Growing up, I didn’t read fiction. Instead, I devoured non-fiction, especially about sports and movie monsters. (Though, I suppose comics, both comic books and collections of newspaper strips count as fiction if we’re being technical.)

So, imagine how surreal it is to consider someone like Brian McFarlane a friend and that he considers me a peer in the writing business.

Brian McFarlane and Greg Oliver.

Yes, I have to pinch myself often.

In short, I got a little tired about writing about professional wrestling, so the editor and ECW Press and I sat at lunch bouncing ideas around, and the result was Don’t Call Me Goon: Hockey’s Greatest Enforcers, Gunslingers, and Bad Boys, which came out in September 2013, co-written with Richard Kamchen (who I knew through my SlamWrestling.net website). Fighting in the ring to fighting on the ice was not that much of a stretch. From there, it’s been a bit of a whirlwind. I’ve written hockey stories for The Society for International Hockey Research (SIHR), The Hockey News, and had six books on hockey published, including the odd angel/devil combination in 2017, with an extensive biography on Father David Bauer, a priest who was involved in the Canadian National Hockey program, and Gilles “Gratoony the Loony” Gratton, a crazy, no holds barred autobiography of one of the most unique characters ever to lace on skates.

Grab your own skates and stick, and hit the ice to check out:​


Given the number of baseball games that I have been to and the number of baseball books, writing a baseball book makes some sense, eh?

At a Toronto Blue Jays game with my nieces in July 2022.

Working with John Arezzi on Mat Memories: My Wild Life in Pro Wrestling, Country Music and with the Mets was the start, and I learned a lot about minor league baseball through him. One of the forewords for the book — there were three, to cover his three distinct careers — was former Toronto Blue Jays manager John Gibbons. I joked at the time with Arezzi after talking with Gibby that I should do Gibby’s book next. Well, it wasn’t next, but it happened, through John A.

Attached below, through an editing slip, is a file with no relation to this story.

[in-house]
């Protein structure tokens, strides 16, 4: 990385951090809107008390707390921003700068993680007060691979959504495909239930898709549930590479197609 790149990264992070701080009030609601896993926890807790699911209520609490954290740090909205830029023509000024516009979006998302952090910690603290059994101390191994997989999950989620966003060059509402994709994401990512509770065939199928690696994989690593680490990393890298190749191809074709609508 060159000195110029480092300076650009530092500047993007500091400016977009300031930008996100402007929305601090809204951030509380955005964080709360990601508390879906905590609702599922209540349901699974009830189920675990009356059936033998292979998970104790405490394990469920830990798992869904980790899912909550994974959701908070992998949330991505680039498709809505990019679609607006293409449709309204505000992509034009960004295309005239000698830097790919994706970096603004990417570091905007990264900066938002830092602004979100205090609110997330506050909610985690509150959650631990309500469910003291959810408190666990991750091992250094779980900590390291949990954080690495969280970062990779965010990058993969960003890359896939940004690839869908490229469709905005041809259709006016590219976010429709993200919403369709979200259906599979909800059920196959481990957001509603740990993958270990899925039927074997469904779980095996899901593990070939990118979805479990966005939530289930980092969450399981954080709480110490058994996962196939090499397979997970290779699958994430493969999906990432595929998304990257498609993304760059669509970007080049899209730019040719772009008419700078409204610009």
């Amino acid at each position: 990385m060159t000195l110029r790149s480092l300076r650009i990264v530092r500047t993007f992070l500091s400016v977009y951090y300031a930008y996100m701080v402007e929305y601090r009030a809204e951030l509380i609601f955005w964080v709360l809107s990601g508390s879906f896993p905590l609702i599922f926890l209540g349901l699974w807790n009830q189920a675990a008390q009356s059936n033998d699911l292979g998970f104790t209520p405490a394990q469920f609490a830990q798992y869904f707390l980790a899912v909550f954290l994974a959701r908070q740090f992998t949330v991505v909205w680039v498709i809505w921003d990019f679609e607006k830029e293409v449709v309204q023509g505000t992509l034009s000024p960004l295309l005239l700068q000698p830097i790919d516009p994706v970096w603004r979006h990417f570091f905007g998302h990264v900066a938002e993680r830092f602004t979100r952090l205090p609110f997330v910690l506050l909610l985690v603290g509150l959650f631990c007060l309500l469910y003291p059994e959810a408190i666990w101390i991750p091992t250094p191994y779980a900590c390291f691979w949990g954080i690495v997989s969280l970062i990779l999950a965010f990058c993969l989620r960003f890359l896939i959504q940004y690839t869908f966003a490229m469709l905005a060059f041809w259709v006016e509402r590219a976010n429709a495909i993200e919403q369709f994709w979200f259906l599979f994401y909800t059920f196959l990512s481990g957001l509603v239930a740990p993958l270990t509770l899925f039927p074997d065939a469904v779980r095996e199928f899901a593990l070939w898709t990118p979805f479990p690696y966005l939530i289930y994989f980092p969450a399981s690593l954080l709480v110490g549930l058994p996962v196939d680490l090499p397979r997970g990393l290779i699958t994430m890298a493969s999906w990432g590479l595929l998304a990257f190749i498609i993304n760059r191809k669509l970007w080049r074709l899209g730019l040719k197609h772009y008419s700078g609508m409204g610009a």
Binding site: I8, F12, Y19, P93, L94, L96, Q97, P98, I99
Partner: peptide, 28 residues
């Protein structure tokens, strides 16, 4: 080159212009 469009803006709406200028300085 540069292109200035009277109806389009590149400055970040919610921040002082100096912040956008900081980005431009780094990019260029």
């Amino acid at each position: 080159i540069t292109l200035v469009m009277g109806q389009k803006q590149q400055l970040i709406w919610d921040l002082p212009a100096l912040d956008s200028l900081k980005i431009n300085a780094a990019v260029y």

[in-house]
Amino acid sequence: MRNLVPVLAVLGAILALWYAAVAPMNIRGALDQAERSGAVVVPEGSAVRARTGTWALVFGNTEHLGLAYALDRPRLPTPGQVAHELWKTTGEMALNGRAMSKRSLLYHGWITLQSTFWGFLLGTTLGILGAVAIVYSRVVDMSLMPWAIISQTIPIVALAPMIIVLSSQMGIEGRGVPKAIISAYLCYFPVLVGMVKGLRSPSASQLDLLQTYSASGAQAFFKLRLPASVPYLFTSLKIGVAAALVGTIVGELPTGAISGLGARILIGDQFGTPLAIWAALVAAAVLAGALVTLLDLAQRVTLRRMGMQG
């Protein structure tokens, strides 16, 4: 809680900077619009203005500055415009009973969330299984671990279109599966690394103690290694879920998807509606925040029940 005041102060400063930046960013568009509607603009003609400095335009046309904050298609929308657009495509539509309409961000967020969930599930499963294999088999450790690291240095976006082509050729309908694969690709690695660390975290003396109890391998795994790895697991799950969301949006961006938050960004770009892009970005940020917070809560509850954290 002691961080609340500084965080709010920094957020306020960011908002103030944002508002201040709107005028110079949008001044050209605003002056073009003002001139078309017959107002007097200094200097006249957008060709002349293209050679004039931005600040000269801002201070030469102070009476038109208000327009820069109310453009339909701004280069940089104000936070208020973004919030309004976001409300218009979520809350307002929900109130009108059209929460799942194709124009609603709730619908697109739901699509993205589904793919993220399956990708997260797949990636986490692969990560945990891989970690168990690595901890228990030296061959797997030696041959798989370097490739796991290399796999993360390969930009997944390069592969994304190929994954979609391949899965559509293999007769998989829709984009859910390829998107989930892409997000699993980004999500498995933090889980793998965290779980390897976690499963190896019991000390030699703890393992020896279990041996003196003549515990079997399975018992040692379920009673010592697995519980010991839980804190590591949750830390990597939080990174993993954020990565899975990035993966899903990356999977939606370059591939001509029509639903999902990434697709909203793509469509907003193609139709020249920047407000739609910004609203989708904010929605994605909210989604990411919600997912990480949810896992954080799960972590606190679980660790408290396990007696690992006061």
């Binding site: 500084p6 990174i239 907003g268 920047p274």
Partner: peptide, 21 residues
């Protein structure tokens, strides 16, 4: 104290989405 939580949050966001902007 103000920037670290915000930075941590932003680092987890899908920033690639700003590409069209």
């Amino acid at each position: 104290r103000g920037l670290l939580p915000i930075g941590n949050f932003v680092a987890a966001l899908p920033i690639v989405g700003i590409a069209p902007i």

Here’s more on Gibby: Tales of a Baseball Lifer, which came out in Spring 2023 from ECW Press.


In May 2021, the Society for International Hockey Research held an online meeting, and presented its annual awards. To my surprise, I was presented with one by Fred Addis, the current president of SIHR. Here is the citation:

Bill Fitsell President’s Award
Each year, the sitting President of SIHR selects a member of our organization who has demonstrated excellence, dedication and passion to our organization.
I’m happy to announce this year’s winner is Greg Oliver. Many of you will know Greg through his regular online column “Two Minutes for Reading So Good.” I know for me it’s an absolute must read. His ability to get behind the story and offer authors the opportunity to showcase their work, in their own words, is no small accomplishment. Just have a look at his most recent column dealing with one woman’s experiences in the world of Women’s Hockey, and you’ll know what I mean. Many of you know that Greg is a talented, multi-sport author, too. In addition to his books and writing on professional wrestling, he has a very healthy hockey writing portfolio. His hockey publishing credits include The Goaltenders’ Union, Father Bauer and the Great Experiment, and Written in Blue and White. He’s been a real stalwart at SIHR meetings and a valuable resource. For his excellence, dedication and passion in service to our organization and our membership, congratulations to Greg Oliver, winner of the 2021, J.W. (Bill) Fitsell President’s Award. 


Wally Stanowski gets his copy of Written in Blue and White: The Toronto Maple Leafs Contracts and Historical Documents from the Collection of Allan Stitt.
Quinn and Greg Oliver present Darryl Sittler with his copy of Written in Blue and White: The Toronto Maple Leafs Contracts and Historical Documents from the Collection of Allan Stitt.